Egypt is at a crossroad following the introduction of a Constitutional Declaration and a draft Constitution seeking to establish the structure and sources of legal authority in Egypt.
The phrase 'principles of Islamic sharia' has been causing much debate and speculation these days but what does it really mean and why is this relevant to Western parties interested in doing business in or investing in Egypt?
The purpose of this article is to provide a scholarly answer to this question through an examination of the Constitutional Decree, the proposed Egyptian Constitution and a summary of the strengths of the unique business and legal climate that give great cause for the recent investor confidence in the Egyptian Bourse.
The upcoming vote on December 15th on the Constitutional referendum has been such a source of debate that it has led to responses from specific groups such as the Judges Club and Morsi supporters in the Muslim Brotherhood party. Notwithstanding that the Judges Club and several prosecutors' offices (mainly in the Nile Delta) have gone on strike, the Supreme Judicial Council (SJC) is still operating and professors, lawyers and other qualified groups can oversee the Constitutional Referendum, together with a significant proportion of the judiciary.
Islamist supporters of the President, through sheer force of numbers protesting outside the courts, have last week physically prevented judges from meetings with the bicameral parliament. Given that in the past the National Democratic Party of Mubarak (followed by SCAF) violently suppressed all forms of protest and encroached on the independence of the judiciary, this vigorous democratic activity signals a society that is in its nascent beginnings toward healthy pluralism and active democratic campaigning.
The sources of the debate are the Constitutional Declaration (or "Decree") and the proposed changes to the Egyptian Constitution. An examination of four of the seven articles of the Decree are with serious implications and ramifications.
Article 2, states: 'All Constitutional declarations, laws and decrees made since Morsi assumed power on 30 June 2012 cannot be appealed or cancelled by any individual, or political or governmental body until a new Constitution has been ratified and a new parliament has been elected. All pending law suits against them are void.' The implication here is that the judiciary, as a governmental body, is what is essentially targeted.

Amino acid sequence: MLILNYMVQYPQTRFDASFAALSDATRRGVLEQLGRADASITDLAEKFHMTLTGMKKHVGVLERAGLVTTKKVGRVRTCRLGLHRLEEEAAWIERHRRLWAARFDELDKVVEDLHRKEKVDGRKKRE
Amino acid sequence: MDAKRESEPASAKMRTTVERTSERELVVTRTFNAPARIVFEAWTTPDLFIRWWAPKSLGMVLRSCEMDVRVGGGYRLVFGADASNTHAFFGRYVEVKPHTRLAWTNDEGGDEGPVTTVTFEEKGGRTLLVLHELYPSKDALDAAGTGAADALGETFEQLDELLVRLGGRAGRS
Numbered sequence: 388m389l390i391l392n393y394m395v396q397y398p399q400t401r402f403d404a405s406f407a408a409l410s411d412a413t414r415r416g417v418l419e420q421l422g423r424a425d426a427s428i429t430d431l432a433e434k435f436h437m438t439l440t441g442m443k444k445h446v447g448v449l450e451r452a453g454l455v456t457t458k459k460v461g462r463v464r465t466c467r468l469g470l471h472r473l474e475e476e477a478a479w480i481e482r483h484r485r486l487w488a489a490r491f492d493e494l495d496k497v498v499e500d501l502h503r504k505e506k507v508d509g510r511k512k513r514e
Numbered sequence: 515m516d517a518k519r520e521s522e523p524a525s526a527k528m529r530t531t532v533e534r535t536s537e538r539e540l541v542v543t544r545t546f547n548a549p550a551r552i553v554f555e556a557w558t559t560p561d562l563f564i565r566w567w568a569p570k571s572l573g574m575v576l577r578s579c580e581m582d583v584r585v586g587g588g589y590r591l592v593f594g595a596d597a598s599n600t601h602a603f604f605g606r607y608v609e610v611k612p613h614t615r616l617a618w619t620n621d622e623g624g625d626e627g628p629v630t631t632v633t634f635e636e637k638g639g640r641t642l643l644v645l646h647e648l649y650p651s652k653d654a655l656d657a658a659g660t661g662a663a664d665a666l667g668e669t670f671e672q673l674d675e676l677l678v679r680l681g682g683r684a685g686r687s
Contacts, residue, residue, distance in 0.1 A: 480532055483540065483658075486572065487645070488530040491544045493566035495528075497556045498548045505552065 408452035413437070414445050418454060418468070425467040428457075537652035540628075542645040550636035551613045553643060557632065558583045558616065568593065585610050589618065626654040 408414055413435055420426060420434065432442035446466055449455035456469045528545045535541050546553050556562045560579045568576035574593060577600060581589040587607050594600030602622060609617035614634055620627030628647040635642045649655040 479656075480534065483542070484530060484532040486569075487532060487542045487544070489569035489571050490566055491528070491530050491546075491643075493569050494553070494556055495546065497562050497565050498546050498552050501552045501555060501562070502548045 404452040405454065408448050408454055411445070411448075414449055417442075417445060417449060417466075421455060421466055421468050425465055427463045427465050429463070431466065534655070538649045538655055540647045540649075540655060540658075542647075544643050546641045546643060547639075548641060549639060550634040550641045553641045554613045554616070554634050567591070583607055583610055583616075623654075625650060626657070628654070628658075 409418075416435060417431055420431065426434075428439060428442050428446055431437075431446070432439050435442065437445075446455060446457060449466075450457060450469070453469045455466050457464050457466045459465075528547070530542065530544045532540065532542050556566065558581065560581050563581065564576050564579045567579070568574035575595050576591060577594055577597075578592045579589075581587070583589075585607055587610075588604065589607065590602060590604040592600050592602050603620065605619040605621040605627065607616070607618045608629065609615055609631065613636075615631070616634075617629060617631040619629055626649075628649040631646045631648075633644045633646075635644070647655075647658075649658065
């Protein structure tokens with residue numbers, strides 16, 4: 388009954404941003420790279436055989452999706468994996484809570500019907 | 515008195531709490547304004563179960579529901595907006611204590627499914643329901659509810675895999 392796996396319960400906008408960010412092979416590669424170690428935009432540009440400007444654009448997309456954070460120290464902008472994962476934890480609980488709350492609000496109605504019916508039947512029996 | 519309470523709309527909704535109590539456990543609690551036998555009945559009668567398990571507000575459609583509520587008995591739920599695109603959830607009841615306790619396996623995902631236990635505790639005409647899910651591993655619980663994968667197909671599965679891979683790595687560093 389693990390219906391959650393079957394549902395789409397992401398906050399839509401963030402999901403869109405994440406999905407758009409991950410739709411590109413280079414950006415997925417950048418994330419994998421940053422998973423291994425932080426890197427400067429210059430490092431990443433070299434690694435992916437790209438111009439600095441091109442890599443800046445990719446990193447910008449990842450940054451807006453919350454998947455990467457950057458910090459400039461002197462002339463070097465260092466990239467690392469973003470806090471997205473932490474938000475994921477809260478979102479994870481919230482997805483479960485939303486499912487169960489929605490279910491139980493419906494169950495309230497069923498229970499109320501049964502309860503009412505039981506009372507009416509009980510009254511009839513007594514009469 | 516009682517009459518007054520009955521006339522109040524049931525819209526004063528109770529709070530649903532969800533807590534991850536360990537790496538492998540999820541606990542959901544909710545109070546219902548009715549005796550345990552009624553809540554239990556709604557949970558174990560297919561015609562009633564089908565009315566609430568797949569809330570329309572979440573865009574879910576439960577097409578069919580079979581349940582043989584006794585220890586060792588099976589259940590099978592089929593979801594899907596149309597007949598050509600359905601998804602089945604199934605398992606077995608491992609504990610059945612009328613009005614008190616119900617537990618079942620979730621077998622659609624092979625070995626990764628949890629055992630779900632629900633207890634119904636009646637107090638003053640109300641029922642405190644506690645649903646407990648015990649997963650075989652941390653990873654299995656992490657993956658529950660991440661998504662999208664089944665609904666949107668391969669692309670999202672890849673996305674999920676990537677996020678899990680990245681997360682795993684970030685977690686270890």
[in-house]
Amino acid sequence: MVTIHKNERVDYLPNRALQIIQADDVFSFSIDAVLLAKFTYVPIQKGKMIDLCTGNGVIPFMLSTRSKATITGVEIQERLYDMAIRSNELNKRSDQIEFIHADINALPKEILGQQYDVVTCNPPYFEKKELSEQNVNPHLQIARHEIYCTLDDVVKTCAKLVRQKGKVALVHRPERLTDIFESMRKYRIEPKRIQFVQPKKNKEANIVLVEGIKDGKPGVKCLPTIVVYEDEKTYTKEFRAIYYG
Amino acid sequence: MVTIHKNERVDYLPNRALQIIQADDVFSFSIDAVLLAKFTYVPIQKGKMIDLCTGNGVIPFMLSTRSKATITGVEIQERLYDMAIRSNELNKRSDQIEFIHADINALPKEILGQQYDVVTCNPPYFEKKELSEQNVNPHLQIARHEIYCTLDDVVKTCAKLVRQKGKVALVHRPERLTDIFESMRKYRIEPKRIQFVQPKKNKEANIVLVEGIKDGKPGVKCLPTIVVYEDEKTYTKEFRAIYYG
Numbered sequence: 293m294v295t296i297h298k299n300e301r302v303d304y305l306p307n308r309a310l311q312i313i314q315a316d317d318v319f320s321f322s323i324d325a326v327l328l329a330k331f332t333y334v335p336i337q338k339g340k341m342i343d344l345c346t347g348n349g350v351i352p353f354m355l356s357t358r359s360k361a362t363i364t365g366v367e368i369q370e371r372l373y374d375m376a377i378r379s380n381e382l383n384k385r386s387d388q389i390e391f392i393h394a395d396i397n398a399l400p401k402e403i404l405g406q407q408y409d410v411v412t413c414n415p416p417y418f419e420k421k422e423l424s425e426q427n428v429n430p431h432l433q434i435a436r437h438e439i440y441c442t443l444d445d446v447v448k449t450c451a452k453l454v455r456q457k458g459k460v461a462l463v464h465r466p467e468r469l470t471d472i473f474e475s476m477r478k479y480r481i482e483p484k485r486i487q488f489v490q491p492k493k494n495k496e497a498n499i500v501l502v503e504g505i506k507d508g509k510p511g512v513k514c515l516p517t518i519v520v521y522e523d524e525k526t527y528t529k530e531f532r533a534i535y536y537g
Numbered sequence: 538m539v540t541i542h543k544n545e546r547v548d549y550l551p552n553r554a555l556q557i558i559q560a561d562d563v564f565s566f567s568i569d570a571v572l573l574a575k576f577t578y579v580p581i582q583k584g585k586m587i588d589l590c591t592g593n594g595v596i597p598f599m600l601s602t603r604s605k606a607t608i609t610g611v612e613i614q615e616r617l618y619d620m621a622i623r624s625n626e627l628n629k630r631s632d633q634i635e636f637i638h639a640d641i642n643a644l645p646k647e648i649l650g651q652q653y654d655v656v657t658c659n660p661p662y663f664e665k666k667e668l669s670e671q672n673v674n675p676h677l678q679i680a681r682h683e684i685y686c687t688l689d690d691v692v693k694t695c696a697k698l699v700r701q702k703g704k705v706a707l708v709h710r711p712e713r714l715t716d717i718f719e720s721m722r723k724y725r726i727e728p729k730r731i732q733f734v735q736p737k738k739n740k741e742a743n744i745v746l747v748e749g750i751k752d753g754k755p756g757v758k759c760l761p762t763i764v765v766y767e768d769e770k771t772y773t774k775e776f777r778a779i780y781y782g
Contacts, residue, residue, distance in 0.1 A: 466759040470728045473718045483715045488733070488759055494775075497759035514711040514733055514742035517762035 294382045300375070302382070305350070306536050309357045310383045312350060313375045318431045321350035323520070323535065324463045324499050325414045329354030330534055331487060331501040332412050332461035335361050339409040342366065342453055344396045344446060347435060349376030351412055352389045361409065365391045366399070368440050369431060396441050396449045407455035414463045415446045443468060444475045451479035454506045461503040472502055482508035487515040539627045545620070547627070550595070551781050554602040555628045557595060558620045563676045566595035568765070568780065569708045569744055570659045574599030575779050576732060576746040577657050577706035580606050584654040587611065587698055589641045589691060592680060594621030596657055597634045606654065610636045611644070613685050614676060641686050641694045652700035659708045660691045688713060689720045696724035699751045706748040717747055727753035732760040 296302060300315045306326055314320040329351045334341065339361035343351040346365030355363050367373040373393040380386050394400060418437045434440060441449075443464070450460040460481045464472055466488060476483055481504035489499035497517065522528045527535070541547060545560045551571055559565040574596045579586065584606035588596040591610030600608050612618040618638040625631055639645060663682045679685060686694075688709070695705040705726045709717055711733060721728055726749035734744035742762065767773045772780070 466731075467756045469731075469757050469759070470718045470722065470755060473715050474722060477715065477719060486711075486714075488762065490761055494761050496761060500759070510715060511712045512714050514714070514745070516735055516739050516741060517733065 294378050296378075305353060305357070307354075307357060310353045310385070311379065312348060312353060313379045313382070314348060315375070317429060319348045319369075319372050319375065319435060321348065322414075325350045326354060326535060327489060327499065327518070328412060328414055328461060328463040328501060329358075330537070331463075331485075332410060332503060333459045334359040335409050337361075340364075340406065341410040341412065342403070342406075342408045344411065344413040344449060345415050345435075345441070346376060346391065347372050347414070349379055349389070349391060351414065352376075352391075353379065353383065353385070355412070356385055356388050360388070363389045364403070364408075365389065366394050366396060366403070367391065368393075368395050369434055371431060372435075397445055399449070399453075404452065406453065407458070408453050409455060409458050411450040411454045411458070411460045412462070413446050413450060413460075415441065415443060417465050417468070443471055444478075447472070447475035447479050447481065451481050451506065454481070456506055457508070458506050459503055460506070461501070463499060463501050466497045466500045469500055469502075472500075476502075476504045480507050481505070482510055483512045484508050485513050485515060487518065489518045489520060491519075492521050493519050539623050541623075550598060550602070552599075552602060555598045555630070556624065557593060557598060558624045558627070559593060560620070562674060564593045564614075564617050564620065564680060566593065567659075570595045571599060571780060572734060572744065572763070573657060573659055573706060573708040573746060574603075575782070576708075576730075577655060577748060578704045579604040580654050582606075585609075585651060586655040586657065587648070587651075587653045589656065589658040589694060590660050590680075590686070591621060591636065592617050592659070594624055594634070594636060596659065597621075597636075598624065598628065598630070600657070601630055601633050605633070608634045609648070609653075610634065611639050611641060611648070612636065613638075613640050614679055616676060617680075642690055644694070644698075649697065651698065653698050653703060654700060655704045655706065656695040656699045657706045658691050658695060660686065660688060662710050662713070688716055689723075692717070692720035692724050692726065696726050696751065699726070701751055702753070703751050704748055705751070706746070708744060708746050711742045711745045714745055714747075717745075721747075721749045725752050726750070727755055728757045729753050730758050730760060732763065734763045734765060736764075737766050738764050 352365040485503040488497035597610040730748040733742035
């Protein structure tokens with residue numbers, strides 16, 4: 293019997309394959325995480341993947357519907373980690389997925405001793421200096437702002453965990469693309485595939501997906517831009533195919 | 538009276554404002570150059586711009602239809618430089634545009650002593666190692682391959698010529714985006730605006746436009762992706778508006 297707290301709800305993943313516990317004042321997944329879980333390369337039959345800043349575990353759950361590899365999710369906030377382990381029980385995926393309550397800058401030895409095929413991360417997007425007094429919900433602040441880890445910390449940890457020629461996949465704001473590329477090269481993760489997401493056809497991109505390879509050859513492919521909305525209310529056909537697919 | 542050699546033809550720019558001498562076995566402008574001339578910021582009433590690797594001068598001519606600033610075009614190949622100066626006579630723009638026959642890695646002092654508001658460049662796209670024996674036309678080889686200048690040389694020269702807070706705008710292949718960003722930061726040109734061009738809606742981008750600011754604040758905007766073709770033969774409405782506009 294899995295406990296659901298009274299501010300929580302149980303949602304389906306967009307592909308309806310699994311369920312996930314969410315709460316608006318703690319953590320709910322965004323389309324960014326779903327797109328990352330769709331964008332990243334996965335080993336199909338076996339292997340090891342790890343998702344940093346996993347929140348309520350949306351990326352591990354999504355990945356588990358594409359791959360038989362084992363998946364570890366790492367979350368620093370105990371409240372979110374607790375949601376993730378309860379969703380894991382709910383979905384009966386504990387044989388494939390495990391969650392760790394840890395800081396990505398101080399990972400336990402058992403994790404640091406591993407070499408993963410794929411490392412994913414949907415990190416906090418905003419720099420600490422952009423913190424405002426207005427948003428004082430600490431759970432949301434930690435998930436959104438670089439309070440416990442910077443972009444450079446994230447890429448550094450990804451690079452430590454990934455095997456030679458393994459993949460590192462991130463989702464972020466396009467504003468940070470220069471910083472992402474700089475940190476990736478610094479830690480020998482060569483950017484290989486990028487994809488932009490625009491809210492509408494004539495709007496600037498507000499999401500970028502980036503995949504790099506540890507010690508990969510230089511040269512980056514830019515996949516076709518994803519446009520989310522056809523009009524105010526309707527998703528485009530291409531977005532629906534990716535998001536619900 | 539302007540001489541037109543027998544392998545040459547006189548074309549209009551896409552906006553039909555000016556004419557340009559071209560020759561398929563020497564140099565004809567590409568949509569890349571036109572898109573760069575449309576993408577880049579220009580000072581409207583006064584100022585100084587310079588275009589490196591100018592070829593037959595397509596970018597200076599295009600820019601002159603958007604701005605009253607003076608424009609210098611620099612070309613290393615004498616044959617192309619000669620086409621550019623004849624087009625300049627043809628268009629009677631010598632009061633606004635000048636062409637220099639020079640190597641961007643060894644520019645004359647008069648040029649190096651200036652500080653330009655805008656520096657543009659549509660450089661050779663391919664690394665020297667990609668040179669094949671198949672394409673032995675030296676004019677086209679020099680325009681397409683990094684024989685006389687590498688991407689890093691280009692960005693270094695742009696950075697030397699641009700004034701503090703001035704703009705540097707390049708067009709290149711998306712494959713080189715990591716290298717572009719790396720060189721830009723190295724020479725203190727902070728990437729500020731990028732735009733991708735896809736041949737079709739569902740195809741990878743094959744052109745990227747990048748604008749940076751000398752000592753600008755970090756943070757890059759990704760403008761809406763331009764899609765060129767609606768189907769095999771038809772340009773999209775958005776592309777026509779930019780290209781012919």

Article 4 is an extension of Article 6 of the previous Constitutional Declaration in which the timeline for drafting the new Constitution was extended. Article 5 reads: 'No judicial authority can dissolve the Constituent Assembly or the Shura Concil.' The purpose of this article is for executive protection of these two bodies which are predominately composed of members of the Muslim Brotherhood. This has created tension between much of the judiciary on one hand and a coalition formed by the executive and legislative branches centering on their shared loyalty to the Muslim Brotherhood, even though the President has officially stepped down from that party after election.
Article 6 solidifies the implications of the preceding articles: 'The president is authorised to take any measures he sees fit in order to preserve and safeguard the revolution, national unity or national security.' This final article may imply an implicit emergency law given the fact that 'the revolution' can be interpreted according to a specific party.
Fortunately this Decree is superseded by the Constitution. Article 6 of the draft Constitution contains several fundamental principles: 'The political system is based on the principles of democracy and shura (consultation), citizenship (under which all citizens are equal in rights and duties), multi-party pluralism, peaceful transfer of power, separation of powers and the balance between them, the rule of law, and respect for human rights and freedoms' all as elaborated in the Constitution. No political party shall be formed that discriminates on the basis of gender, origin or religion.'
This article, in my view, is the most important article in the draft Constitution and any article that may either implicitly or explicitly or by implication contradict with this article should be rescinded.
Article 179 provides for an independent judicial body named "State Affairs" which is entrusted with 'the drafting of contracts and the settling of disputes to which the State is a party, in the manner regulated by law.' Article 180 provides for the "Administrative Prosecution", also an independent judicial body endowed with powers such that it 'investigates financial and administrative irregularities, raises disciplinary proceedings before the courts of the State Council and follows up on them, and takes legal action to address deficiencies in public facilities.
Miss Mary B Ayad is a law lecturer at Macquarie University and completing her PhD dissertation in the matter of international commercial arbitration law and international investment arbitration law. She specialises in investor-State disputes involving Middle Eastern governments. She is widely published and has extensive international experience.